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Education is an act of hope


Ladies, gentlemen,

Education has always been an act of hope that looks from the present to the future. Static education does not exist. Today’s meeting in the Casina Pio VI is an act of hope and generational solidarity. Young leaders and global educators are meeting from every part of the world to promote a new type of education, that enables the current globalisation of indifference and the throwaway culture to be overcome. Two great evils of our culture, indifference and rejection.

This has been an extraordinary year of suffering due to the Covid-19 pandemic, a year of obligatory isolation and exclusion, of anguish and spiritual crises, and no small number of deaths, and an unprecedented educational crisis. More than a billion children faced disruption in their education. Hundreds of millions of children have been left behind in opportunities for social and cognitive development. And, in many places, the biological, psychological and economic crises have been compounded by related political and social crises.

You have gathered today in an act of hope, an act of hope so that the impulses of hatred, divisions and ignorance may be and are overcome through a new good climate, let’s say, a new good climate of educational opportunities based on social justice and reciprocal love, a new Global Compact on Education launched back in October with some of those present. First of all, I thank you for coming together today to raise our shared hopes and plans for a new education that promotes the transcendence of the human person, integral and sustainable human development, intercultural and religious dialogue, the protection of the planet, and meetings for peace and openness to God.

The United Nations offer a unique opportunity for governments and civil society of the world to unite both in hope and in action for a new education. I gladly quote Saint Paul VI’s Message of acknowledgment to the United Nations, which says: “Gentlemen, you have accomplished and are now in the course of accomplishing a great work: you are teaching men peace. The United Nations is the great school where people get this education”. The Constitution of UNESCO, adopted in 1945, at the end of the tragedy of the Second World War, recognised “That since wars begin in the minds of men, it is in the minds of men that the defences of peace must be constructed”. Seventy-five years ago the founders of UNESCO called for the “full and equal opportunities for education for all, … the unrestricted pursuit of objective truth, and… the free exchange of ideas and knowledge… for the purposes of mutual understanding and a truer and more perfect knowledge of each other’s lives” (Preamble).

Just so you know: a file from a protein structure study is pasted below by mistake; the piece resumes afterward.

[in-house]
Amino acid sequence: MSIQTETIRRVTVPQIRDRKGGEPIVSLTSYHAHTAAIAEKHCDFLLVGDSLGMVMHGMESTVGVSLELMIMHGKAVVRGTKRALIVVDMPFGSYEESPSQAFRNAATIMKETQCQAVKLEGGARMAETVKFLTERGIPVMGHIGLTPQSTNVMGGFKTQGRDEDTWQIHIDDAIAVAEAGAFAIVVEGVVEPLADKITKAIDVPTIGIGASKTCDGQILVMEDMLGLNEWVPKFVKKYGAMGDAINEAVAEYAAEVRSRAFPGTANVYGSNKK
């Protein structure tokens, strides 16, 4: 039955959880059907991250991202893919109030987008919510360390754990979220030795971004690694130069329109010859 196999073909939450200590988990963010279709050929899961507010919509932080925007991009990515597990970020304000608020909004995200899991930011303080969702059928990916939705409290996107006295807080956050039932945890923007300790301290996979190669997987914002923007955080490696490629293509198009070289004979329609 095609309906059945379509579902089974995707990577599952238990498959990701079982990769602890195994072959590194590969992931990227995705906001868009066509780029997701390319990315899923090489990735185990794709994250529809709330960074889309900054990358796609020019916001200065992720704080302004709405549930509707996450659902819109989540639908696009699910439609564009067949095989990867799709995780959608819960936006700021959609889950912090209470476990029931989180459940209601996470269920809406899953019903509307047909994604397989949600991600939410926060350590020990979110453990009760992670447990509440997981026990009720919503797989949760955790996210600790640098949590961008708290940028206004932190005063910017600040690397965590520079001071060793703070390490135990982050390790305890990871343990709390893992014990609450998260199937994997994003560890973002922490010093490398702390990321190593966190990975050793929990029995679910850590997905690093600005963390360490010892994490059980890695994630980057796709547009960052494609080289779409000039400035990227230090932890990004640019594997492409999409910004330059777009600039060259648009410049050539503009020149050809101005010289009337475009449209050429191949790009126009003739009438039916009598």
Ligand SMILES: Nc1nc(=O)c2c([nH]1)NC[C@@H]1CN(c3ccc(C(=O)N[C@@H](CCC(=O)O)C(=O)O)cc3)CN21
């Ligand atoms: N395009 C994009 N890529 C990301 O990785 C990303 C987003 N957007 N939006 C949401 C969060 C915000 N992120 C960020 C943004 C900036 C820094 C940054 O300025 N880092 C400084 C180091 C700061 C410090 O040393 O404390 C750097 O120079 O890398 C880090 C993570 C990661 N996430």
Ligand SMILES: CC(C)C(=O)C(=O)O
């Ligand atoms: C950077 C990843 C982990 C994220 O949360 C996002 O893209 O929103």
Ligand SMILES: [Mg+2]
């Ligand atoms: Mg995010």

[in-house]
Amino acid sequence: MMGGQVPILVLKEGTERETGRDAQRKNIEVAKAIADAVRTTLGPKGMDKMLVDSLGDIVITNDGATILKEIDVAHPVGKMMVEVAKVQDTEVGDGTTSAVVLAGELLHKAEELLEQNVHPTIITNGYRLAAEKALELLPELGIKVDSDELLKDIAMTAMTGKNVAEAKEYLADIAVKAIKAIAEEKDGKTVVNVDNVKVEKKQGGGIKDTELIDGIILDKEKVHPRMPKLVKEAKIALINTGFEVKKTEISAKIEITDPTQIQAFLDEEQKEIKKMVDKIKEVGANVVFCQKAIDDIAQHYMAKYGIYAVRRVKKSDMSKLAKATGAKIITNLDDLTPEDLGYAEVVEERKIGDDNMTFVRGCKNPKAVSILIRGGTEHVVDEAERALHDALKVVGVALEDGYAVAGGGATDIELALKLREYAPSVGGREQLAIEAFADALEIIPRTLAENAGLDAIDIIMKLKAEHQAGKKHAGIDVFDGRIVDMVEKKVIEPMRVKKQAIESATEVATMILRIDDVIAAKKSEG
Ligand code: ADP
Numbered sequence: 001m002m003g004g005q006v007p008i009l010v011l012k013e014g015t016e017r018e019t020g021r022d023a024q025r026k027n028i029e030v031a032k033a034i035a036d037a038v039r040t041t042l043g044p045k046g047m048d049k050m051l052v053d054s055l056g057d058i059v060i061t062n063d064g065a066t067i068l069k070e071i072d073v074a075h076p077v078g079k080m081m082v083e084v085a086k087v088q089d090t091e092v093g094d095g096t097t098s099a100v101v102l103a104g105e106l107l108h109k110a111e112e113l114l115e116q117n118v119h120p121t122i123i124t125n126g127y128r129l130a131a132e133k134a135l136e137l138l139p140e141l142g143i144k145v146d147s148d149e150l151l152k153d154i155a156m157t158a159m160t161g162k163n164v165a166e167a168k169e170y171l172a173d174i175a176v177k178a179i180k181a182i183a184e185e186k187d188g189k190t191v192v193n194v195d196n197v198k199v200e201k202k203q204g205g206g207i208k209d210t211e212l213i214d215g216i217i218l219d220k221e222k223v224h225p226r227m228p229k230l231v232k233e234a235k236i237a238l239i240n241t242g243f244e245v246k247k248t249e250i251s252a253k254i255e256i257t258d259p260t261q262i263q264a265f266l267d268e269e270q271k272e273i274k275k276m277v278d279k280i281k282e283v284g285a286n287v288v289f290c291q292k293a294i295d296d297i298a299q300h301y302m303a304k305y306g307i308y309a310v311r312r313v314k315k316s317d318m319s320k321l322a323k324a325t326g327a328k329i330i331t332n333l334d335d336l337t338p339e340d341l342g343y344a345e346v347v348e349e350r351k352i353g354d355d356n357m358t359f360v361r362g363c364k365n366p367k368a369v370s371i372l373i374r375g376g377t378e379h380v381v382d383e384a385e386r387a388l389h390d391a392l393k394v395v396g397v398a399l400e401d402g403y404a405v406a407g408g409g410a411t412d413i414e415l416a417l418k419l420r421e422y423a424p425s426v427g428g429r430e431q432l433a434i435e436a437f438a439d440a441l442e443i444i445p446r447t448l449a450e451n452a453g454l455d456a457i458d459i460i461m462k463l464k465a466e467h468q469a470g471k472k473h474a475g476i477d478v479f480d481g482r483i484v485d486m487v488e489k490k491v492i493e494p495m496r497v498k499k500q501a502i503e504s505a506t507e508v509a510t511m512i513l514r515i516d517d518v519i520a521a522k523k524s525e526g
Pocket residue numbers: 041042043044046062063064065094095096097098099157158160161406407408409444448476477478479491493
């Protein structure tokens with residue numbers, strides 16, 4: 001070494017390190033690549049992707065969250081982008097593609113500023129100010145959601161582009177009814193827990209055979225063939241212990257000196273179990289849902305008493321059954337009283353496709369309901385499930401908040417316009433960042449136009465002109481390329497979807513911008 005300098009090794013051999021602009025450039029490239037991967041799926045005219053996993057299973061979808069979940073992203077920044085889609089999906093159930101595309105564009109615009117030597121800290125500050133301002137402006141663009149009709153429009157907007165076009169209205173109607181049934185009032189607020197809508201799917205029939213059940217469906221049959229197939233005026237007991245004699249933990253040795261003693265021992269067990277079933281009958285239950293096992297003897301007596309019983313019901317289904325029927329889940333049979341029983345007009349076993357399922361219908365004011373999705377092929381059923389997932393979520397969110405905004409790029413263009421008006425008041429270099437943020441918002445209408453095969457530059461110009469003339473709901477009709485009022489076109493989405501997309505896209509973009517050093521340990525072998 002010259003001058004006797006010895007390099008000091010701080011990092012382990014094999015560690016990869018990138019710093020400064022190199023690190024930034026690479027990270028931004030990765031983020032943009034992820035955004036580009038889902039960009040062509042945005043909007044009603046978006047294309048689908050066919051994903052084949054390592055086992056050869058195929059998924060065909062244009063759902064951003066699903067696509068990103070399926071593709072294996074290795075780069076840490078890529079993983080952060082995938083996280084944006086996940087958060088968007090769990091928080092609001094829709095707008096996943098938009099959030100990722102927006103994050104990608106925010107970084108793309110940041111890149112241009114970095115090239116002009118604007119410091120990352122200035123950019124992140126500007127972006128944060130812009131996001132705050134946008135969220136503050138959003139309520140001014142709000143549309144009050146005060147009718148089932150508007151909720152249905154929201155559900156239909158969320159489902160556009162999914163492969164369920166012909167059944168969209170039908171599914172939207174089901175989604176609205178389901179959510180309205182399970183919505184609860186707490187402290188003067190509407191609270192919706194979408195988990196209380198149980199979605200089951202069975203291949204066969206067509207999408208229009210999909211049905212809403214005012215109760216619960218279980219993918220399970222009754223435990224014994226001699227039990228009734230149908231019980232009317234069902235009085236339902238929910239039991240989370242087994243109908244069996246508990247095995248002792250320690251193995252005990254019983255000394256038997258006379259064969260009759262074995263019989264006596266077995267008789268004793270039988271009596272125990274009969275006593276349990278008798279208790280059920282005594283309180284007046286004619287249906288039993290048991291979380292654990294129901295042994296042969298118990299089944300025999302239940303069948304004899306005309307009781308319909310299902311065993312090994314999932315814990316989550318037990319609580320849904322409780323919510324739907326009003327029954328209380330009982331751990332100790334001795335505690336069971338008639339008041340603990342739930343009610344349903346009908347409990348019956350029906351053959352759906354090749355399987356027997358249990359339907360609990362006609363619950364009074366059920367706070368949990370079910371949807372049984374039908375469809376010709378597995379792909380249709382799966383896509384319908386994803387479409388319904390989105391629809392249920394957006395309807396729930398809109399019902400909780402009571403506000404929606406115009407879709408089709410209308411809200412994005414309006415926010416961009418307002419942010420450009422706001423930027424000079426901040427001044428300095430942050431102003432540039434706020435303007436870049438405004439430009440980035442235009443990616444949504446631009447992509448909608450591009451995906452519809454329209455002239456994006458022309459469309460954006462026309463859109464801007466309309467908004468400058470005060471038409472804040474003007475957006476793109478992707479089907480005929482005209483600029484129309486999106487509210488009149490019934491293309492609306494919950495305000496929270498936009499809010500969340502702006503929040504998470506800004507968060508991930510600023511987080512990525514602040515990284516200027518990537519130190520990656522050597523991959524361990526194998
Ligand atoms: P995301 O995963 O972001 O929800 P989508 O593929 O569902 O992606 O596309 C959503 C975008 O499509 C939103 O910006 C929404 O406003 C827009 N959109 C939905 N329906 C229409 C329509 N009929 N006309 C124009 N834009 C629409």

In our time, in which the global education compact has broken down, I see with satisfaction that governments have recommitted themselves to putting these ideas into practice through the adoption of the 2030 Agenda and the United Nations Sustainable Development Goals, in synergy with the Global Compact on Education. 

At the heart of the Sustainable Development Goals is the acknowledgment that quality education for all is a necessary foundation for protecting our common home and promoting human fraternity. Like the Global Compact on Education, Goal 4 also fundamentally commits all governments to "ensure inclusive and equitable quality education and promote lifelong learning opportunities for all”.

The Global Compact on Education and Mission 4.7 will work together for the civilisation of love, beauty and unity. Allow me to tell you that you are the poets of a new human beauty, a new fraternal and friendly beauty, as well as of the preservation of the earth we tread. Do not forget the elderly and grandparents, bearers of the most decisive human values. Thank you for what you do and please do not forget to pray for me. Thank you.


Bulletin of the Holy See Press Office, 16 December 2020

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